Fake ride-share driver Kais Dahdal has been spared jail time in Wollongong Local Court after molesting two women.
- A fake Uber driver who admitted to molesting two women has been spared time behind bars
- Kais Dahdal has been sentenced to a seven-month intensive corrections order for two counts of sexually touching without consent
- One of the women has expressed her distress over the sentence and says her life has been “absolutely destroyed”
The 35-year-old doctor from Syria was sentenced to a seven-month intensive corrections order for two counts of sexually touching without consent.
He was also fined $350 for not having a license.
Dahdal sat quietly in the court room on Tuesday with his wife by his side and with the assistance of a translator.
One of his victims Ashleigh Rauicava was also in court for the sentence and was visibly distressed as it was read out.
“Absolute bullshit, he gets to walk free and live his life like he has done nothing wrong [and] get counselling, the rest of us are going through therapy now,” Mr Rauicava said outside the court.
“It’s not right.”
Ms Rauicava was one of two women Dahdal had picked up on October 23 last year while falsely claiming to be an Uber driver.
She had offered to pay for her fair with cash or direct debit, he told her her app was broken and touched her inner thigh and told her she could instead pay in sex.
She fled the car as soon as she could and went home.
Dahdal committed a similar act on another woman that night.
In sentencing, Magistrate Claire Girotto said people were entitled to feel safe when being conveyed by a taxi or Uber.
“Both of these girls were at least moderately affected by alcohol, now the whole point of Uber drivers and taxis is that you have a safe passage home,” Magistrate Girotto said.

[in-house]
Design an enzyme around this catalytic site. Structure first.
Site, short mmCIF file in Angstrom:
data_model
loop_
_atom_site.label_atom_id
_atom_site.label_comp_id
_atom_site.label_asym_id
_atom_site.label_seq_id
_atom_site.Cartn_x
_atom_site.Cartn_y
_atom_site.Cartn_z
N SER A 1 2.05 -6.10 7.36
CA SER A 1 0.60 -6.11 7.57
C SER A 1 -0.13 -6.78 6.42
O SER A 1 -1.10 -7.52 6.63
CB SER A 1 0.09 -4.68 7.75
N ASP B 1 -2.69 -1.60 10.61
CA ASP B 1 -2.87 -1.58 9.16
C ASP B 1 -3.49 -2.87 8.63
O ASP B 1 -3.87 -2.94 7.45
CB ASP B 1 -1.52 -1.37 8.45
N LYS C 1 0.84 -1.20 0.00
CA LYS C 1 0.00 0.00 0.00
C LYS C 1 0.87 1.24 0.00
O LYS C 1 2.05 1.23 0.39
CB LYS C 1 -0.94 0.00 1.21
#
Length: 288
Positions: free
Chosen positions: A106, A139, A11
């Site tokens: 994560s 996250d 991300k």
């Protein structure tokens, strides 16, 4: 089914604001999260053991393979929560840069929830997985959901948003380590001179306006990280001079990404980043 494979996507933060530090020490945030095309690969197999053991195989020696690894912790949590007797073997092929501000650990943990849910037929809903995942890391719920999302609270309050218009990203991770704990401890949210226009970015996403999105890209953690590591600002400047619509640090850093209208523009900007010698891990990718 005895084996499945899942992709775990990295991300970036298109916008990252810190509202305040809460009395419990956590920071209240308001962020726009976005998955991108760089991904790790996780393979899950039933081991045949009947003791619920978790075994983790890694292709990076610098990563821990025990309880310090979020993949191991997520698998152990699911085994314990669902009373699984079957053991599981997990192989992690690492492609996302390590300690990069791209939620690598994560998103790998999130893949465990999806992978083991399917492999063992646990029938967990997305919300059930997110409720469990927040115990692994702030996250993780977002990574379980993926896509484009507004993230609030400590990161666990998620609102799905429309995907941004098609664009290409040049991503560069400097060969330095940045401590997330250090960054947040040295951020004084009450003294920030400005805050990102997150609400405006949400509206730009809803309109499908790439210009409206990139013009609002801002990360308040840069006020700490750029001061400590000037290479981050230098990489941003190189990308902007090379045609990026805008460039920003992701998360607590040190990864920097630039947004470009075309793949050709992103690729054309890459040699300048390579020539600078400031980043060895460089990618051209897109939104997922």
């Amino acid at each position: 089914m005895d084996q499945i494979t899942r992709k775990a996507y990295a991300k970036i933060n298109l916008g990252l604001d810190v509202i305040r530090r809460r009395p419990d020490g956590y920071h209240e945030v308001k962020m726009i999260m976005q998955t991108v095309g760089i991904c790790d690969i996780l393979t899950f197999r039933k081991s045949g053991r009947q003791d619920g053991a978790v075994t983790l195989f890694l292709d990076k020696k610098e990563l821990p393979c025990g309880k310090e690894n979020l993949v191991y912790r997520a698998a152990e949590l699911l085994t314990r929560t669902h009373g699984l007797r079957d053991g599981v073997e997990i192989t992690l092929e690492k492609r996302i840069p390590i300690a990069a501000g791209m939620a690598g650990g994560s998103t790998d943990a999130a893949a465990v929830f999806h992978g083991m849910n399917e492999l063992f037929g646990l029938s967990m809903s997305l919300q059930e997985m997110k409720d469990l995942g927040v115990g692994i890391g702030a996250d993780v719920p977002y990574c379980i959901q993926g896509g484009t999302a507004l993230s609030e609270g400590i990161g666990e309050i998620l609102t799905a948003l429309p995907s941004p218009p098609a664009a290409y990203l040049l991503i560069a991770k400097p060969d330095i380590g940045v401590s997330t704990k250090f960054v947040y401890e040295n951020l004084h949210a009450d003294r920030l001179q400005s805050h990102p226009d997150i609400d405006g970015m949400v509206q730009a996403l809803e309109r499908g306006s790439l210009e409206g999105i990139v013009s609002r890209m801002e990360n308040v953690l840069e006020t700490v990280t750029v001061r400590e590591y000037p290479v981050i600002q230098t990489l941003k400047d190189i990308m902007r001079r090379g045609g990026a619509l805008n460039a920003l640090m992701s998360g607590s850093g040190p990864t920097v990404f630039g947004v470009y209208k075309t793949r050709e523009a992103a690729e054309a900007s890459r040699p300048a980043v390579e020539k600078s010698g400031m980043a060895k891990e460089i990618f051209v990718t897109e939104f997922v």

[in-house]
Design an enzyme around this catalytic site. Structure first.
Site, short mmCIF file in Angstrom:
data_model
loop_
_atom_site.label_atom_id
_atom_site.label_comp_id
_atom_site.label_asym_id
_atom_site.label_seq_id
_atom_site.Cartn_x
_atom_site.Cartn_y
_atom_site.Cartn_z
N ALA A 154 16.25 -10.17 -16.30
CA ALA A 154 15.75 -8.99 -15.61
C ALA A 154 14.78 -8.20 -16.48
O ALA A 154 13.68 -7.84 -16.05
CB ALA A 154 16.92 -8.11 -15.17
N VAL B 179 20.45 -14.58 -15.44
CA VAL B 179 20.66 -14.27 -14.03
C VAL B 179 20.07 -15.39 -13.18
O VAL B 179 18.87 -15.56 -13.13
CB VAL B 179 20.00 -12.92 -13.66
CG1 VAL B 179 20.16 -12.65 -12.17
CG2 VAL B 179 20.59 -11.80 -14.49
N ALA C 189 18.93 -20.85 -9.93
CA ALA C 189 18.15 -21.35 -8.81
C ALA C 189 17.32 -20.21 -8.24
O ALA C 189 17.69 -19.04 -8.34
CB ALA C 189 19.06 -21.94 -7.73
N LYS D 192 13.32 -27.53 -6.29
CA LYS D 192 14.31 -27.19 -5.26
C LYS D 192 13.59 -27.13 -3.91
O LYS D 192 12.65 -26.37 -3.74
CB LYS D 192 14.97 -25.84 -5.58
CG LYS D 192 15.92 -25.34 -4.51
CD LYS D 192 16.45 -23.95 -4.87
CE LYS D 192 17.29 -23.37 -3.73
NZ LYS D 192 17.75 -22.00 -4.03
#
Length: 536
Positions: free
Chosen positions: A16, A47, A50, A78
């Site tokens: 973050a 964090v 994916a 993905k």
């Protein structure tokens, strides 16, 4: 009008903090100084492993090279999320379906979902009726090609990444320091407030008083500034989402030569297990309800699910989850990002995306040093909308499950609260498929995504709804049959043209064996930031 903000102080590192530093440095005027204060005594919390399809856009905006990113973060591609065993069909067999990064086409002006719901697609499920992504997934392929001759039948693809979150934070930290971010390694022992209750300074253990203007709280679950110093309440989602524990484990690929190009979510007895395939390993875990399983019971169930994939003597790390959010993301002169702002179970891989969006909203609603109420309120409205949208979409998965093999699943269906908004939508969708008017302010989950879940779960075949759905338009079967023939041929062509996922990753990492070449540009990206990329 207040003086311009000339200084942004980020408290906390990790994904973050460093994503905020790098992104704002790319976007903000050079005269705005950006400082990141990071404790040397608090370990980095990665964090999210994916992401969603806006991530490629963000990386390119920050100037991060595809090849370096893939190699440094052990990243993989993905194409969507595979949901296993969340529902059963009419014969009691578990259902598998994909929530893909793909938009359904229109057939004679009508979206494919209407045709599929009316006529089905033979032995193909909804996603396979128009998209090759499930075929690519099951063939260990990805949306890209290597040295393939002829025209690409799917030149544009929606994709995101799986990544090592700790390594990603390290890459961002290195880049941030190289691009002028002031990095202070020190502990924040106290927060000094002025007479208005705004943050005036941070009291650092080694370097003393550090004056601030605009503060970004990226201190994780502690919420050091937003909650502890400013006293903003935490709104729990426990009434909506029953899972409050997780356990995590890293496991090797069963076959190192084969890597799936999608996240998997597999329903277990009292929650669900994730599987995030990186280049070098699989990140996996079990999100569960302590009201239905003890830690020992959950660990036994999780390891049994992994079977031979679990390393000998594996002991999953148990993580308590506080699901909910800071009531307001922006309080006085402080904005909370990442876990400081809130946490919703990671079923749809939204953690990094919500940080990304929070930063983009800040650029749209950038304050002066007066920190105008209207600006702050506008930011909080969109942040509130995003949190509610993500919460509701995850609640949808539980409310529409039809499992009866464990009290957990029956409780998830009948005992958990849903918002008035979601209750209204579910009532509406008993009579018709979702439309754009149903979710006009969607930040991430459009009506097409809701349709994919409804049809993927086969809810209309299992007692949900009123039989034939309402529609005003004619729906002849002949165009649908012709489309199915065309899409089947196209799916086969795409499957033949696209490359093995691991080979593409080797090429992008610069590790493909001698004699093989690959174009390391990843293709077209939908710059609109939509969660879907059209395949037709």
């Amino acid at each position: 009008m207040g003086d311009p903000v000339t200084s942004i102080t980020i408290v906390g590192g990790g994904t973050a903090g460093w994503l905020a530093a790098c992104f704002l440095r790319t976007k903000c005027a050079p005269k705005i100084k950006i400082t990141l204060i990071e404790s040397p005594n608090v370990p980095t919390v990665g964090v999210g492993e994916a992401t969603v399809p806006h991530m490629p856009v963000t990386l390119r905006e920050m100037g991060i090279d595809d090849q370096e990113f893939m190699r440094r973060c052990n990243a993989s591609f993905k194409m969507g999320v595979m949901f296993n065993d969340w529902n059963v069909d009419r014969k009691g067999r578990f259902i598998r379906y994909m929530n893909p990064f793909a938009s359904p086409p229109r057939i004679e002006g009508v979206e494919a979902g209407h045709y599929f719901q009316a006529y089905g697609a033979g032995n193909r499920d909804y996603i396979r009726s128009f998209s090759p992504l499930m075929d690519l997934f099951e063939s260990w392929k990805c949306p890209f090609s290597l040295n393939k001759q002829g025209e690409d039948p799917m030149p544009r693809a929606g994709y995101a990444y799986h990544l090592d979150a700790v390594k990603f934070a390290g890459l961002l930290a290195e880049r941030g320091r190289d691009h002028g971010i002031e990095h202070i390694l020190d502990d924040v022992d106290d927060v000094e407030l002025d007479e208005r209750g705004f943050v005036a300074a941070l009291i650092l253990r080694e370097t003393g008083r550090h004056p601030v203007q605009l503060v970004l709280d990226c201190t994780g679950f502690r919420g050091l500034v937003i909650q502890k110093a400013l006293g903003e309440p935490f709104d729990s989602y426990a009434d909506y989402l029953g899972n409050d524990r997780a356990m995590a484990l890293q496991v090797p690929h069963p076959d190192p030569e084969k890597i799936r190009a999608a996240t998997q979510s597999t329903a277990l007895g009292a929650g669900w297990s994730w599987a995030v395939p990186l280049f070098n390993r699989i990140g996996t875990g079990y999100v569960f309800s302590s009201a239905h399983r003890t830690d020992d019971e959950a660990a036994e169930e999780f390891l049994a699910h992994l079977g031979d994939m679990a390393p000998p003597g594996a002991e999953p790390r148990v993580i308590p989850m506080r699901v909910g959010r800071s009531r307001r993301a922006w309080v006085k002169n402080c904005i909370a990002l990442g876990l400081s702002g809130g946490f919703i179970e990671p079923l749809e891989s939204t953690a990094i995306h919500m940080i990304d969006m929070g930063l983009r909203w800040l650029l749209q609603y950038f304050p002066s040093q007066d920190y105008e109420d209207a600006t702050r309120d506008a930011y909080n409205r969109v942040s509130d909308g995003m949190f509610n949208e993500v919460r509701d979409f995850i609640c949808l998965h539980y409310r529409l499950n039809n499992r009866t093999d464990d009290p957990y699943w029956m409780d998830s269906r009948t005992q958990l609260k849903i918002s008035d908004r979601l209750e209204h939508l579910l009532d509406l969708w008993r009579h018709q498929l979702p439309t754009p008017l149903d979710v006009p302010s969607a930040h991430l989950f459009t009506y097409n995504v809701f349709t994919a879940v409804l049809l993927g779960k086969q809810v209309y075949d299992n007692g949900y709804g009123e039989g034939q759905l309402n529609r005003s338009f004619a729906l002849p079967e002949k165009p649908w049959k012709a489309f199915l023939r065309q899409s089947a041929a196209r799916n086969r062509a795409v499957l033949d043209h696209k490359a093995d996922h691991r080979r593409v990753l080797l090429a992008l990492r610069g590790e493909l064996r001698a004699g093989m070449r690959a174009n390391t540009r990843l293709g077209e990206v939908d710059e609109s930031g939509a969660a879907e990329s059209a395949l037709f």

“So in some ways, it was a breach of trust of the position that he purported.”
She noted that Dahdal had no criminal history but said as a doctor in Syria he was dealing with “high levels of trauma, child sexual assault and serious injuries”.
She said he had feelings of “self-worthlessness” because he had not been able to practice as a doctor.
The Magistrate referred to a mental health report that showed he was “highly anxious, with an inability to recognize verbal and non-verbal cues”.
She said Dahdal had received intense media scrutiny and had probably also lost his ability to practice medicine, which had been considered in the sentence.
She also acknowledged the profound impact on the victims and said Dahdal had written a letter to the court expressing his “deep remorse” to the victims, community and his wife.
His commitment to ongoing rehabilitation was also taken into consideration in the decision to impose the intensive corrections order. Dahdal will serve the order in the community under strict supervision.
‘I lured us in’
Ms Rauicava was supported by a friend outside the court and was shaking and holding back tears as she talked about the decision.
“I just wanted to stand up for all of us women who have been through this,” she said.
“He spends seven months getting rehabilitation and that is it, no jail — nothing. He just gets to live his beautiful life with his wife and be happy.”
Ms Rauicava said despite Dahdal’s letter to the court he had shown no remorse directly to the victims.
“They said that he did an apology letter to the court — what about us?” she said.
“What about the women you have destroyed that go to bed every single night absolutely terrified, things play over in my head over and over again.
“It’s not Uber’s fault, there are a lot of lovely people out there who do it for a living but he was not an Uber, he was a man pretending to be and that is predatory he lured us in.”